Smallfield Surrey owes its origins to the wars between England and France many hundreds of years ago, for it was during the reign of Edward III that the estate of Smallfield Place was given to John de Burstow by Lord Burghersh as a reward for the assistance he had given when his lordship was thrown from his horse while in battle.
The moated manor was built around 1600 out of local sandstone and roofed with Horsham stone. It is one of the most important examples of domestic buildings of this time in the country.
The Bysshe family later became owners and Edward Bysshe enlarged the house. He was a bencher of Lincoln’s Inn during the time of James I and his father had been member of parliament for Bletchingley in the 1620s and again in 1640. Bysshe himself was also a member in the last Parliament of Oliver Cromwell in 1654 and in and five years later Richard Cromwell’s parliament.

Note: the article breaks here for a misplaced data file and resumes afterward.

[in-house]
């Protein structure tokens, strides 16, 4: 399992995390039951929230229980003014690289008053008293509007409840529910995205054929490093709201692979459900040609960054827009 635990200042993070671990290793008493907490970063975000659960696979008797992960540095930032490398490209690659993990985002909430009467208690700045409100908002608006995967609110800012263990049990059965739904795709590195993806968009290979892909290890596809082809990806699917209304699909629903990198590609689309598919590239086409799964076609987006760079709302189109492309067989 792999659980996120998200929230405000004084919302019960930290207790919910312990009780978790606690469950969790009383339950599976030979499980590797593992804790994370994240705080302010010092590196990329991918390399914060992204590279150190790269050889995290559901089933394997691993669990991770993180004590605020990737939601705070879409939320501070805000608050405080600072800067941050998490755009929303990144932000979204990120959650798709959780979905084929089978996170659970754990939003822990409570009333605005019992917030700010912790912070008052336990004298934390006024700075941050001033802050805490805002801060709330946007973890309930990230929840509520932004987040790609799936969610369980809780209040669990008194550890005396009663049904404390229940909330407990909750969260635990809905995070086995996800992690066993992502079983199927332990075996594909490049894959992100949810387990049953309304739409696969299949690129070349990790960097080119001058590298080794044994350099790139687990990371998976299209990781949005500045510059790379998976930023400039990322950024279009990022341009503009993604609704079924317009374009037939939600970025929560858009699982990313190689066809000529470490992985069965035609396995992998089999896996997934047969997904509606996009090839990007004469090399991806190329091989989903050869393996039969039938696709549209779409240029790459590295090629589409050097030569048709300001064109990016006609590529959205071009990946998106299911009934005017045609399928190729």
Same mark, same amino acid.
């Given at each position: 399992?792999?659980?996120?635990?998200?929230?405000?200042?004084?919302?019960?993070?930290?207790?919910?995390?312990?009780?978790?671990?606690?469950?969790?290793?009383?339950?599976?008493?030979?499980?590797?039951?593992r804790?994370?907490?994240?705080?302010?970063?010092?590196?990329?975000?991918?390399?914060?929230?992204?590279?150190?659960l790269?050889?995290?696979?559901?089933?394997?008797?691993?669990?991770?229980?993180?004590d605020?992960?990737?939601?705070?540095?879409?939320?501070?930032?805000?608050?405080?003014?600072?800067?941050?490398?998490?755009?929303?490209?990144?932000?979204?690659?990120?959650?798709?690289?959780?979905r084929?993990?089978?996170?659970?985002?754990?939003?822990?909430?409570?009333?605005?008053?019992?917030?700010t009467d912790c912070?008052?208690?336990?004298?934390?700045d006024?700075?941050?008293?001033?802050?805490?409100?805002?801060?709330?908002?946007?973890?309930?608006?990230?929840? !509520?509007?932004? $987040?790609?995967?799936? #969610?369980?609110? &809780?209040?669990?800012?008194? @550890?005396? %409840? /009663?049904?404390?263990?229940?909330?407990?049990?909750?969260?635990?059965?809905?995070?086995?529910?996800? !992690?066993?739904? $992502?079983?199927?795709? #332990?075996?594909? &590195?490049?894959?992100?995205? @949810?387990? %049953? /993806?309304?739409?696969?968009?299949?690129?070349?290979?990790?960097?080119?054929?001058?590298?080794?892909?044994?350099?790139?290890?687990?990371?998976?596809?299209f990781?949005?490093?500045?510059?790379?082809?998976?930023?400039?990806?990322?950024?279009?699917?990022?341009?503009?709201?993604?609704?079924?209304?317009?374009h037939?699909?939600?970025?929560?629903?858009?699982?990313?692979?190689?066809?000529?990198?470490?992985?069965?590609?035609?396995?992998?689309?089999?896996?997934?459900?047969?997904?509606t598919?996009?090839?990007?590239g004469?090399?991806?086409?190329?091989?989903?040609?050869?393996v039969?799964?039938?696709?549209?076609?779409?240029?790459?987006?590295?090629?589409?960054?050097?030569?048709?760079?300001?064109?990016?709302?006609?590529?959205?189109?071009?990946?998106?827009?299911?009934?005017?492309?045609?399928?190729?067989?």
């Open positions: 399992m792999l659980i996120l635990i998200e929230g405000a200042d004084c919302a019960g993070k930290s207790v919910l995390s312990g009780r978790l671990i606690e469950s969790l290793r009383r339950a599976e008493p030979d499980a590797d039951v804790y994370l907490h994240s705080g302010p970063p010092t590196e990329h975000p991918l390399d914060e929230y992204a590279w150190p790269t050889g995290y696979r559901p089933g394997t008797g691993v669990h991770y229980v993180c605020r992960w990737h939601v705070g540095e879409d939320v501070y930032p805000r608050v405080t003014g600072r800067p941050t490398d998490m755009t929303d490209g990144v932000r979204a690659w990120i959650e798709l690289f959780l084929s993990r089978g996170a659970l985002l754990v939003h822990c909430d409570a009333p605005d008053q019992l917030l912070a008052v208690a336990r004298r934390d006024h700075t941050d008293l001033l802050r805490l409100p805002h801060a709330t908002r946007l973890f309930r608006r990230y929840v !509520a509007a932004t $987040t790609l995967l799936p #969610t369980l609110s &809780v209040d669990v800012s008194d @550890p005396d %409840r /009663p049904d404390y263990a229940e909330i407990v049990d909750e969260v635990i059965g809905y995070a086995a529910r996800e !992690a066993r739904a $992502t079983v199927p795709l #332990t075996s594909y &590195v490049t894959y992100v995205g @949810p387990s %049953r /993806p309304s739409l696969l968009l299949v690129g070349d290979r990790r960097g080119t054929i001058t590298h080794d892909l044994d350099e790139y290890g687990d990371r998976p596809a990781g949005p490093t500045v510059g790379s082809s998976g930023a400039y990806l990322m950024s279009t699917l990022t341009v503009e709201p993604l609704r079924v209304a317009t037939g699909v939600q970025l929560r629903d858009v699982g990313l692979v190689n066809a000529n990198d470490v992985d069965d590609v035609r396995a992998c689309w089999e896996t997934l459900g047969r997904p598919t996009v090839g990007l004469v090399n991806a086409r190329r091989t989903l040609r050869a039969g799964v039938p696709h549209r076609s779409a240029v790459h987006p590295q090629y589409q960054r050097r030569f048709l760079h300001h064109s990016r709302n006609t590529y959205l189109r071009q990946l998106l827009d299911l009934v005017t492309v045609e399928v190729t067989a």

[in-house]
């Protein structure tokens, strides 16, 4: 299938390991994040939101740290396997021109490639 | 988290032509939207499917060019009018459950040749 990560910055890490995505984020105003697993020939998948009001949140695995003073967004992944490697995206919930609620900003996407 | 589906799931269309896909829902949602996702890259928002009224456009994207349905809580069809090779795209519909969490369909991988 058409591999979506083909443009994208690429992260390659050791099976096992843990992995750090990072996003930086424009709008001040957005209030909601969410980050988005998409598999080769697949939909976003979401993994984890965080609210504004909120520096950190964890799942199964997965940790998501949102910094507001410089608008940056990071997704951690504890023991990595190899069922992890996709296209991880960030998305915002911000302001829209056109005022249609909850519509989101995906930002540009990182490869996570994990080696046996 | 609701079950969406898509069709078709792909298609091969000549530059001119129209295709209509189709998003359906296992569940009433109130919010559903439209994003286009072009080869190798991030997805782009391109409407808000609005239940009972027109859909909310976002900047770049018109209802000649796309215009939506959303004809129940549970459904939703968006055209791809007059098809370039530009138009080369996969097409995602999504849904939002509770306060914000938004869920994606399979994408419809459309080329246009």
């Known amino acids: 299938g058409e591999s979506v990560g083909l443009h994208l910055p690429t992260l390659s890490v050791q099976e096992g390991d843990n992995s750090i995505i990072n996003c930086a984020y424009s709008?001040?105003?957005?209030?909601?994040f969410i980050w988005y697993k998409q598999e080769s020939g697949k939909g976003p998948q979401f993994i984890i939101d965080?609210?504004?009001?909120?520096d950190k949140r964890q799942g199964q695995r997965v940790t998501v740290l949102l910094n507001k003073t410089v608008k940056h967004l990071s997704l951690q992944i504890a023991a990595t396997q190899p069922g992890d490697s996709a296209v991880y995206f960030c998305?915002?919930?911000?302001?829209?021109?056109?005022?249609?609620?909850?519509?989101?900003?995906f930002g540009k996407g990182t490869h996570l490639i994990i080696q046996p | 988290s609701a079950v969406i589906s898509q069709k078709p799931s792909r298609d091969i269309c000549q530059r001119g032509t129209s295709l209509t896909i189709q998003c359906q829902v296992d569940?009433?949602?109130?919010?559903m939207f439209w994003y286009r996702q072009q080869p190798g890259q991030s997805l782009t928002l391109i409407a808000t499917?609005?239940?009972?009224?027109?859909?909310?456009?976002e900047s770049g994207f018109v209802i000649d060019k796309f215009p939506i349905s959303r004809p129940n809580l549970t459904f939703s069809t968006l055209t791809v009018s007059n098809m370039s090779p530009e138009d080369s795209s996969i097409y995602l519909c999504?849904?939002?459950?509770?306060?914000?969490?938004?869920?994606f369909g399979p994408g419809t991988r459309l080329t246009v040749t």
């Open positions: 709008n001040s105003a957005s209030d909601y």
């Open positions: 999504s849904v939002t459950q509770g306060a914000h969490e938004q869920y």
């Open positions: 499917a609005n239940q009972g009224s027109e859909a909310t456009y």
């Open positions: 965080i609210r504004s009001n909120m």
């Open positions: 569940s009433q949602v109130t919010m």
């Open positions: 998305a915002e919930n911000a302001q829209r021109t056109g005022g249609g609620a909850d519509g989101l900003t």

The first Astronomer Royal, John Flamsteed accurately calculated the solar eclipses of 1666 and 1668. He was responsible for one of the earliest recorded sightings of the planet Uranus, which he mistook for a star and catalogued as 34 Tauri.,
He was buried in the Church of St. Bartholomew at Burstow in Surrey where he had been Rector, though largely an absentee Rector, since 1684.
Plaques in this old church commemorate his work as Astronomer Royal and as Rector of the Parish of Burstow for more than 35 years.
The house can be seen from the road and it is a formidable Jacobean property with mullioned bay windows and on the porch it is embossed with the Bysshe arms.
The building is a magnet for female ghosts. A woman appears from a wall in the dining room, while another dressed in blue drifts about in the drawing room. The third female form has been seen outside the house; dressed in wedding lace, she vanishes near the pond.
Nearby is yet another old home of the Bysshes and Shelly the poet was descended from one of the Bysshe family.